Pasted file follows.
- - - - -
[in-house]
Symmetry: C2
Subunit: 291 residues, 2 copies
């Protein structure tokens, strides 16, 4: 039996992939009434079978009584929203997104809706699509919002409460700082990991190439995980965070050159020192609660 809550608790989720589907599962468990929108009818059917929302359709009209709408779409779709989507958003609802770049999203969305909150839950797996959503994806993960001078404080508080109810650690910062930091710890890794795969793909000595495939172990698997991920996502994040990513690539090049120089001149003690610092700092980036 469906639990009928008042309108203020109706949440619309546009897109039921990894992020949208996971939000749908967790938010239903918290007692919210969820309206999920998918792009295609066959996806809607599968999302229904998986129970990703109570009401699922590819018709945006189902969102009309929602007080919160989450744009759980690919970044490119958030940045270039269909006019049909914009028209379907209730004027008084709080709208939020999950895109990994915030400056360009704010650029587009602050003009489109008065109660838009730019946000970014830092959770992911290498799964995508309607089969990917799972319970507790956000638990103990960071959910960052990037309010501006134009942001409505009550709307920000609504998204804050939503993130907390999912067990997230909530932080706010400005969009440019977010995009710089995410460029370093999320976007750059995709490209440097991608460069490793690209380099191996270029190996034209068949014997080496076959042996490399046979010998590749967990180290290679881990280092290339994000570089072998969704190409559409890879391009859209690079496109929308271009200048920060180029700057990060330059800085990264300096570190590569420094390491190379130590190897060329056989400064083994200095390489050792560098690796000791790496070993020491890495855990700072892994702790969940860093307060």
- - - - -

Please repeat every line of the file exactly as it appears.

[in-house]
Symmetry: C2
Subunit: 291 residues, 2 copies
């Protein structure tokens, strides 16, 4: 039996992939009434079978009584929203997104809706699509919002409460700082990991190439995980965070050159020192609660 809550608790989720589907599962468990929108009818059917929302359709009209709408779409779709989507958003609802770049999203969305909150839950797996959503994806993960001078404080508080109810650690910062930091710890890794795969793909000595495939172990698997991920996502994040990513690539090049120089001149003690610092700092980036 469906639990009928008042309108203020109706949440619309546009897109039921990894992020949208996971939000749908967790938010239903918290007692919210969820309206999920998918792009295609066959996806809607599968999302229904998986129970990703109570009401699922590819018709945006189902969102009309929602007080919160989450744009759980690919970044490119958030940045270039269909006019049909914009028209379907209730004027008084709080709208939020999950895109990994915030400056360009704010650029587009602050003009489109008065109660838009730019946000970014830092959770992911290498799964995508309607089969990917799972319970507790956000638990103990960071959910960052990037309010501006134009942001409505009550709307920000609504998204804050939503993130907390999912067990997230909530932080706010400005969009440019977010995009710089995410460029370093999320976007750059995709490209440097991608460069490793690209380099191996270029190996034209068949014997080496076959042996490399046979010998590749967990180290290679881990280092290339994000570089072998969704190409559409890879391009859209690079496109929308271009200048920060180029700057990060330059800085990264300096570190590569420094390491190379130590190897060329056989400064083994200095390489050792560098690796000791790496070993020491890495855990700072892994702790969940860093307060």